“You have to get an obituary right, no mistakes; you can’t run a correction because it’s just not appropriate,” he says. “It’s a good way to get the fundamentals of journalism down.”
After that, Minnigh moved on to general assignments. He remembers finishing an early morning of reporting, and then drinking beer while watching that afternoon’s edition run through the press. Sometimes his byline would be on the front page, an honor that often generated mixed emotions.
“If you have a fatal shooting, it’s going to get on the front page,” he says. “It was kind of twisted. It’s your byline on the front page, but you got there because someone died.”
In the meantime, on the other side of the world, the Soviet Union was beginning to fall apart, and in China, the Tiananmen Square massacre had just happened. As a journalist, Minnigh felt compelled to be a witness and began studying Russian on the side.
“I could feel times were changing in a radical way,” he says, “and I thought, ‘I need to be a foreign correspondent.’”
And so, not long after Minnigh graduated from Belmont in 1992, he was on a plane to Moscow to do just that.
Minnigh arrived in a climate of rapid change. He had taken on an internship with NBC News as part of a study program with Moscow State University, but the job didn’t hold his interest for long. After just half a year, he went full local, beginning a career of freelance work for the Moscow Times and then the Moscow Tribune. It was chaos, and Minnigh thrived.
“It was a really exciting time to be there, with the turmoil and dissolution of all the Soviet states,” he says. “One of the things about journalism is that if you’re willing to go do the gritty things other people don’t want to, you’re going to get a lot of interesting assignments.”
He did. The new jobs carried Minnigh throughout Russia and Eastern Europe, and for two years Minnigh dove fully into the reporting. Surfing, skating and riding bikes fell to the wayside as he followed story after story.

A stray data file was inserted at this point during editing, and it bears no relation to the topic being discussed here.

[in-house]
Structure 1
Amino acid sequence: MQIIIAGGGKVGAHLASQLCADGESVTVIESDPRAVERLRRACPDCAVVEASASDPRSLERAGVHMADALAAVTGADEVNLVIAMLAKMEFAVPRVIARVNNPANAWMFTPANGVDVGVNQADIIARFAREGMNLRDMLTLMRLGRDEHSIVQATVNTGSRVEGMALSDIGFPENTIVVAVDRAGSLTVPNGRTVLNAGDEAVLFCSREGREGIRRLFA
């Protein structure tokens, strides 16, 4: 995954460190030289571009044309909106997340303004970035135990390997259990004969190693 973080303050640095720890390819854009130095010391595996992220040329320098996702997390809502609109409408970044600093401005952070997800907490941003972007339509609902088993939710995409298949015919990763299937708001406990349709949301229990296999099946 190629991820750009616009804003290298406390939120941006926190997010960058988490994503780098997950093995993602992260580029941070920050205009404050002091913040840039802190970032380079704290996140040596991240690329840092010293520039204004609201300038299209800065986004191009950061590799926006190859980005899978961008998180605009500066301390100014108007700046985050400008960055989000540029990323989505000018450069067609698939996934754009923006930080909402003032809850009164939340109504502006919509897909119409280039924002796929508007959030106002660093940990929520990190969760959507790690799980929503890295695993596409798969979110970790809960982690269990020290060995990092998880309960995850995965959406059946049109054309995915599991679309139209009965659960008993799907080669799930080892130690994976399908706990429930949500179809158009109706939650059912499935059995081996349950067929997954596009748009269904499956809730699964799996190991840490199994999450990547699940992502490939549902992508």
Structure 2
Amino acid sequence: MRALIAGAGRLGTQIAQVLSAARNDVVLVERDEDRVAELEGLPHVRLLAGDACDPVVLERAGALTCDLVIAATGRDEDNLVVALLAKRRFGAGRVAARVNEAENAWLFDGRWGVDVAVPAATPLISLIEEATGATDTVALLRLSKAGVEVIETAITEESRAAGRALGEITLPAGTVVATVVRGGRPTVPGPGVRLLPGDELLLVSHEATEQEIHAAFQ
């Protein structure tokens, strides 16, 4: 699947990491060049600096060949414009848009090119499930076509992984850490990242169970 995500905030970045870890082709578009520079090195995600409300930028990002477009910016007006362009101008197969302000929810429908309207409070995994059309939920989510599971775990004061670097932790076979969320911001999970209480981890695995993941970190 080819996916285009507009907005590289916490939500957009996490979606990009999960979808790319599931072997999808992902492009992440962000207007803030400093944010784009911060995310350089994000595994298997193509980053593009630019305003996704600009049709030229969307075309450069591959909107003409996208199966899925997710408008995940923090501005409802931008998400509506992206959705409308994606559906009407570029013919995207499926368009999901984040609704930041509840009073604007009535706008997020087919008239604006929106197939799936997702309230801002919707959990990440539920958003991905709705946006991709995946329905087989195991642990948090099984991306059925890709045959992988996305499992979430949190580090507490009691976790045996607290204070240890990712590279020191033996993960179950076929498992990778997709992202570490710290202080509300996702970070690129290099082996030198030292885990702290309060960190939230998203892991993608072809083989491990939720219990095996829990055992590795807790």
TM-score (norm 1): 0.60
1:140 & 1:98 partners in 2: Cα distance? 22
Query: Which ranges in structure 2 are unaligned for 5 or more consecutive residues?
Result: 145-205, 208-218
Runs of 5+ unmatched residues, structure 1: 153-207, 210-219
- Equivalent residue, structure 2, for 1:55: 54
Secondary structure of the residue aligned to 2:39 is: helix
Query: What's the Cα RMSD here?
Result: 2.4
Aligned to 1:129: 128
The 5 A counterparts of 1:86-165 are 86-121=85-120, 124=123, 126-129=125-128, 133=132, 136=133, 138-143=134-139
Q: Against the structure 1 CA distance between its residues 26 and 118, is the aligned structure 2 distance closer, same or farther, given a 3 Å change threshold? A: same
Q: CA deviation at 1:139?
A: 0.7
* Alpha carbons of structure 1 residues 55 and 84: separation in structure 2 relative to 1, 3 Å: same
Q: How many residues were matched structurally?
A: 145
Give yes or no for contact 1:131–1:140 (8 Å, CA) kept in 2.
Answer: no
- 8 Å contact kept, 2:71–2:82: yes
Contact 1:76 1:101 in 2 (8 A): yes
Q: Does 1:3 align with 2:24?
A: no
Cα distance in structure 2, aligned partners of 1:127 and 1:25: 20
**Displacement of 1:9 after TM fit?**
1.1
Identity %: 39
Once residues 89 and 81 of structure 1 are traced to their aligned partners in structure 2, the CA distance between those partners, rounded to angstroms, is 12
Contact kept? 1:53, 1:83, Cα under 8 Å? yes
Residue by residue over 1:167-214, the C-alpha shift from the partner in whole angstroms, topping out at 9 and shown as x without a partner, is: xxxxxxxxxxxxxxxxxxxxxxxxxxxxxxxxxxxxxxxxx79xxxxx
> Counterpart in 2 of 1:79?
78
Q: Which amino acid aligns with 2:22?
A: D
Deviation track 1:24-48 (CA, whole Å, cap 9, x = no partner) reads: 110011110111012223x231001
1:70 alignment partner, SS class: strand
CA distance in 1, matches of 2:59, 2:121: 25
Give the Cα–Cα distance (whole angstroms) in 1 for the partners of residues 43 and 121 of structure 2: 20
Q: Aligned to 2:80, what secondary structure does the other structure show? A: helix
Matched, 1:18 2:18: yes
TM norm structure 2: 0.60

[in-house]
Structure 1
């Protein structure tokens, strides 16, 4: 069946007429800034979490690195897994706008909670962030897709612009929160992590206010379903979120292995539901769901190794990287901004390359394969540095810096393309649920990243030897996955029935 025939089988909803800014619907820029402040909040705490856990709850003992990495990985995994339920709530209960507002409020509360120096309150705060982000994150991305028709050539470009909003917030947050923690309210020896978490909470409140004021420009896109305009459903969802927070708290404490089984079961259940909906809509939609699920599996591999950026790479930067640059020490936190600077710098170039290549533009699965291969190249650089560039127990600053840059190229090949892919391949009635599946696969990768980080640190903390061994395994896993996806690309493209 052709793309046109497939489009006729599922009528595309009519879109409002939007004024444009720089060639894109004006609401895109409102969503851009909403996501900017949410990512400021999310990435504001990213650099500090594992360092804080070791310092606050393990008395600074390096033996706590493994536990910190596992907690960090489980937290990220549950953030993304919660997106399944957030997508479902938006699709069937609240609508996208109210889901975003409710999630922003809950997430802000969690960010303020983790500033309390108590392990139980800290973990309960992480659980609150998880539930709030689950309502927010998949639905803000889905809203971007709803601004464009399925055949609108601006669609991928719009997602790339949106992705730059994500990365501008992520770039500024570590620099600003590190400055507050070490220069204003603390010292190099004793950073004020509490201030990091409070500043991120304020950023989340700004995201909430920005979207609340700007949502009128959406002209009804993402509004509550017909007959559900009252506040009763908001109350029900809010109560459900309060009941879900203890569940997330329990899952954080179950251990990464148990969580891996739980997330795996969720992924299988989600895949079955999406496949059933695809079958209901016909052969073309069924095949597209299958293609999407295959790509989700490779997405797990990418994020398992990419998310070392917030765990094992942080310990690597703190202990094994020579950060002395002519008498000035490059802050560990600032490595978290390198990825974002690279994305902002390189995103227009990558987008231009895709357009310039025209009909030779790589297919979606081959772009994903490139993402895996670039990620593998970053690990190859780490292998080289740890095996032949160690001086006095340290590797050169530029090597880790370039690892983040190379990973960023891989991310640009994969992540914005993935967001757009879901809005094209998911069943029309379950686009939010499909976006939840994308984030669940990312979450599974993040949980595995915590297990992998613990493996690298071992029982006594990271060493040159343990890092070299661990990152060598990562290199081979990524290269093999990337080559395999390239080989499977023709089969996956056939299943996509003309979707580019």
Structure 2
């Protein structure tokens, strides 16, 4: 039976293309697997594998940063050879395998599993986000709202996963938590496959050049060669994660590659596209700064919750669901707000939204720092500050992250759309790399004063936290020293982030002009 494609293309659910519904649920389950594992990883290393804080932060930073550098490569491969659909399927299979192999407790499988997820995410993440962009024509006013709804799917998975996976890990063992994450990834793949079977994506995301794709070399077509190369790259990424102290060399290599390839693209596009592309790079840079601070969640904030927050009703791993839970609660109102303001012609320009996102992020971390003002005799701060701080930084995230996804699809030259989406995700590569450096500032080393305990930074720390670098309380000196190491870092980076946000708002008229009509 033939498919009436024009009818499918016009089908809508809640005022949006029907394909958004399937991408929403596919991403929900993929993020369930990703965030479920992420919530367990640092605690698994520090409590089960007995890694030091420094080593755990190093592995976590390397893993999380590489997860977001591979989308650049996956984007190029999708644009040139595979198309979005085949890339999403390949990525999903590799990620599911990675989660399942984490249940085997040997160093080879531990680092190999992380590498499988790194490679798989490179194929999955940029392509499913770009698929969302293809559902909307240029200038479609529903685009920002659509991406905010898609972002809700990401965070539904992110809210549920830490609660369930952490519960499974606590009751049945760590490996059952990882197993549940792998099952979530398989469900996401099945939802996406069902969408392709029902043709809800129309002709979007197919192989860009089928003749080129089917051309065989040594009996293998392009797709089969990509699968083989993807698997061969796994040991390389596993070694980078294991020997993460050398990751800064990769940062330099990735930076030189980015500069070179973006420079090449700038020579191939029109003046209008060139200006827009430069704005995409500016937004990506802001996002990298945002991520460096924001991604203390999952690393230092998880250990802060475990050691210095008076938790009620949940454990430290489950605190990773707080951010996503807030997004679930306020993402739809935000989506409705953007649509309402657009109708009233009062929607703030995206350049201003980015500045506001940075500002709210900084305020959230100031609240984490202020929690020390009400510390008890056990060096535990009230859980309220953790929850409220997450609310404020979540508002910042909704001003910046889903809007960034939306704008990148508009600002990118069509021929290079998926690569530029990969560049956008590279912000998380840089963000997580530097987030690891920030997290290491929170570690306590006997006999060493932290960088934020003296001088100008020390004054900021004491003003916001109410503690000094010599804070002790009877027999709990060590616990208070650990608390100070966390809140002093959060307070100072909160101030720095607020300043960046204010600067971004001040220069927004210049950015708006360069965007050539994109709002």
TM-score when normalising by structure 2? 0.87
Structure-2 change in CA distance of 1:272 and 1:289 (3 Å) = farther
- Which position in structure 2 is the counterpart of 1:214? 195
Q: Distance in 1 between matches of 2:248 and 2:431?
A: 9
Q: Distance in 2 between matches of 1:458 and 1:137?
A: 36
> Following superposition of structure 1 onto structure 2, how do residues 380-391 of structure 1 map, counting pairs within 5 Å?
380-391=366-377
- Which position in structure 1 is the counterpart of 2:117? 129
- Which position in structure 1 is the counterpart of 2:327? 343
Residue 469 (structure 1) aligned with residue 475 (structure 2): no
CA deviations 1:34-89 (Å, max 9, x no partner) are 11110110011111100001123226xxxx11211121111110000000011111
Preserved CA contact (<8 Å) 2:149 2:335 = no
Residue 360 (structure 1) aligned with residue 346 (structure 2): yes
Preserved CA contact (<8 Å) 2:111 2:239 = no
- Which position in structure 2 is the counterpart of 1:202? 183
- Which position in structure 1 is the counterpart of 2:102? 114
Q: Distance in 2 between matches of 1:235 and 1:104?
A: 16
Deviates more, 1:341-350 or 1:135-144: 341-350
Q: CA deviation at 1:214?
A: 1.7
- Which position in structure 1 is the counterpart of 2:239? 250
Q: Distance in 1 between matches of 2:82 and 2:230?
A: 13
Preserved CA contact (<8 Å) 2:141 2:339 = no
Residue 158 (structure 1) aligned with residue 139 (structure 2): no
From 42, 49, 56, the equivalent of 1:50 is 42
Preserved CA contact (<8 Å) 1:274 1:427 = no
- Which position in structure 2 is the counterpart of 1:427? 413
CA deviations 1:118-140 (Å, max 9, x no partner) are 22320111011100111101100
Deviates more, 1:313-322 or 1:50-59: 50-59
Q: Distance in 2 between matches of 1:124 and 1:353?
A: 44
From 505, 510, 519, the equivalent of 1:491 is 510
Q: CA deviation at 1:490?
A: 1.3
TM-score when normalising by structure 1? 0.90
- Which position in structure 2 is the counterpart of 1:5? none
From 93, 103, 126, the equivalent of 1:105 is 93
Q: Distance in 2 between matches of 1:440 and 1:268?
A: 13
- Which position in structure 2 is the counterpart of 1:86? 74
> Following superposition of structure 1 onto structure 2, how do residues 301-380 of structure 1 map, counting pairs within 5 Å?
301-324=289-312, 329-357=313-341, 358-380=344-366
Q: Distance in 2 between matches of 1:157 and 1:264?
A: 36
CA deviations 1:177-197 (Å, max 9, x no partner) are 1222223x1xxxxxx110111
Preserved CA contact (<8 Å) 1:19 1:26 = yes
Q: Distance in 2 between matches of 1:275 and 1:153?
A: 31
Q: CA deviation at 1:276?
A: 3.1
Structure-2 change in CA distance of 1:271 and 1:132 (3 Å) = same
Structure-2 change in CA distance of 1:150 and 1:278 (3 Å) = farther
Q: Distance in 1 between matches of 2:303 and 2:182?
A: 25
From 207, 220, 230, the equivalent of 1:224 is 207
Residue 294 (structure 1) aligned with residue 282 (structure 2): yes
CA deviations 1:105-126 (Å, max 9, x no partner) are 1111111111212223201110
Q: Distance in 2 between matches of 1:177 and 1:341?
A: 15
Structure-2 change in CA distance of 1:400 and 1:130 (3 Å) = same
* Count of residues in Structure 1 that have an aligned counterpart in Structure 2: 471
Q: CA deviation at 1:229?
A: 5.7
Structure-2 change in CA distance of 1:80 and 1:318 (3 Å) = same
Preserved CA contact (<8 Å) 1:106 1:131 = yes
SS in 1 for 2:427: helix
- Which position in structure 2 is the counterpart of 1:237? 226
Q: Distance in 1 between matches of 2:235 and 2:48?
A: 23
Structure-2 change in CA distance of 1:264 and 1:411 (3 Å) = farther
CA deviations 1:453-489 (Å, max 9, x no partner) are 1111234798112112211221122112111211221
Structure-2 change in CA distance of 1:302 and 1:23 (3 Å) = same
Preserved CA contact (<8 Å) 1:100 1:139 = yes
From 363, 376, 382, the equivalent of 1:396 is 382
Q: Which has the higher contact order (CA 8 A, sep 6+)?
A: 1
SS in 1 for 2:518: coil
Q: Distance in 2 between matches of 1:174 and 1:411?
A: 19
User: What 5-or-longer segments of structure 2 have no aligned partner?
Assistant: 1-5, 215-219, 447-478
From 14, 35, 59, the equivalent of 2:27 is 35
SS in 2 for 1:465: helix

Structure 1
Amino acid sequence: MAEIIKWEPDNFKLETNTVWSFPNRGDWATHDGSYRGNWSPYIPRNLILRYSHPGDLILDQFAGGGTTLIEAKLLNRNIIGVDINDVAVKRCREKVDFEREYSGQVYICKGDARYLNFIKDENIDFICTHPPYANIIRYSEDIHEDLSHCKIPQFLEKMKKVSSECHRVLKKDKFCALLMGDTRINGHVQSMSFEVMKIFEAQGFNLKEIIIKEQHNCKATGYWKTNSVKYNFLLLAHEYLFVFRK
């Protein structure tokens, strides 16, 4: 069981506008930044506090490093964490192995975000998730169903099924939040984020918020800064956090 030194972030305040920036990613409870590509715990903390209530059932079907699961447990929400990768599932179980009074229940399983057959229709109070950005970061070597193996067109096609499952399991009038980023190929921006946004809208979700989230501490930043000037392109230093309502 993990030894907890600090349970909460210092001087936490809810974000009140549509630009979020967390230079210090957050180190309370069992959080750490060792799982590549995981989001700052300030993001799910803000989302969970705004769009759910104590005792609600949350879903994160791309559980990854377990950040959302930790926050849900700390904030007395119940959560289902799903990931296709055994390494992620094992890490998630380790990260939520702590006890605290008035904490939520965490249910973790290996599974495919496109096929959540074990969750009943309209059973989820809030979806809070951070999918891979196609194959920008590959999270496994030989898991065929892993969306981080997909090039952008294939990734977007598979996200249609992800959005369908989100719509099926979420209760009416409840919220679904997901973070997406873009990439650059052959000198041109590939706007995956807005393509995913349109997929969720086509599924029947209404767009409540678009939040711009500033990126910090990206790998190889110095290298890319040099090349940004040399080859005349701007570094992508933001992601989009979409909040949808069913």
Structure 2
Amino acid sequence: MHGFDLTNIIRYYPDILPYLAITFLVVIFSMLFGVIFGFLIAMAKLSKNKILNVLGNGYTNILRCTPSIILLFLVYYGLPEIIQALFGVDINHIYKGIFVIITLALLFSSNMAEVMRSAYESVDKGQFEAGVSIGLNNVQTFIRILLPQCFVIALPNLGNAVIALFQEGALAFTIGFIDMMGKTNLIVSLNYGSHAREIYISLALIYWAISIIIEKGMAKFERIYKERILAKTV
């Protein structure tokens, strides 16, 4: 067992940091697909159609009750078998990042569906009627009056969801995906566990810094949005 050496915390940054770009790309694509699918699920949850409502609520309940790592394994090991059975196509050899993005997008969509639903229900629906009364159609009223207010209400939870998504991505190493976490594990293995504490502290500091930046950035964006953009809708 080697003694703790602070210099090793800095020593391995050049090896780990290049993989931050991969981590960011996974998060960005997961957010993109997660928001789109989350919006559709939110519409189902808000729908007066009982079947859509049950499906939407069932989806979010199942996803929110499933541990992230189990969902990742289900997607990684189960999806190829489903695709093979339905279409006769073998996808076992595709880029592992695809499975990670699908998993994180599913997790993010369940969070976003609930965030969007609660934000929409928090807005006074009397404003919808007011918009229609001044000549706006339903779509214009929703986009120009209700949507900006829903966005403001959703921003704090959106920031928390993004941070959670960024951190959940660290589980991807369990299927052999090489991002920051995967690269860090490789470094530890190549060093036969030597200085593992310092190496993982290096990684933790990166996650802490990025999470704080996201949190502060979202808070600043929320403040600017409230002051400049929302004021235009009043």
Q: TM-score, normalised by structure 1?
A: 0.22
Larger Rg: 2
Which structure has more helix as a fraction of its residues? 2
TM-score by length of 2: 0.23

“All I was doing was working,” he says, “and I decided I needed to do something else to get my life back to a more balanced place.”
The “something” turned out to be a ride on the Trans-Siberian Railroad to Beijing in November of 1994. Almost immediately upon arrival, he found a different type of journalism job—“polisher” for the China Daily, an English-language propaganda newspaper for the country’s Communist Party. Basically, Minnigh took poorly translated articles from the Chinese-language People’s Daily and edited them into proper English. Considering the questionable accuracy of many of the articles, Minnigh’s rebellious side couldn’t help but make an occasional appearance.
“We would try to subtly sabotage some stories,” he says. “I won a bet about getting ‘pubic security bureau’ into a headline instead of ‘public security bureau.’ I did it, and while I think it was in the body copy, it won me a case of beer.”
Minnigh worked at the China Daily for nine months, and despite the propaganda angle, found it to be a positive change after some of the heavy subject matter he had covered in Russia. He became fluent in Mandarin. He explored the city. He took photographs. He went to North Korea and met Muhammad Ali. And, most importantly, he started riding his bike. A lot.
“If there was any place in the world that was the land of the bicycle, it was China,” Minnigh says. “We were going everywhere on bikes, and it opened up a whole new world of how to really see the country.”
Along with two expat friends at the paper, he began taking trips outside the city, sometimes putting in 100-mile days. They visited various Ming- and Qing-dynasty tombs and began making missions to different parts of the Great Wall of China.
“We’d take Friday off, and all we’d bring was the gear we were riding in and sometimes these crappy little sleeping bags,” he says. “Then we’d just roll. Ride to a place on a map, stash our bikes at the base of the Wall, and climb up and sleep in these ancient guard towers.”
Soon Minnigh and Scott Urban, a Coloradan who also worked at the Daily, envisioned something larger: a trip from Beijing to the border of Pakistan, a 6,500 km journey as the crow flies along the south edge of Inner Mongolia and the Taklamakan Desert. They convinced the Fujianese branch of Giant Bicycles to give them new bikes in exchange for shooting all the images in their Asia calendar, and after working out a story deal with the newspaper, the duo headed out in the fall of 1995.
“For the first 1,800 miles, we were trying to keep the Great Wall in sight, so we could sleep on it and get photographs,” Minnigh says. “It was kind of a daft idea, but sometimes daft ideas are the best ones because they get you in a lot of trouble. And it’s when you get in trouble that you have a real adventure.”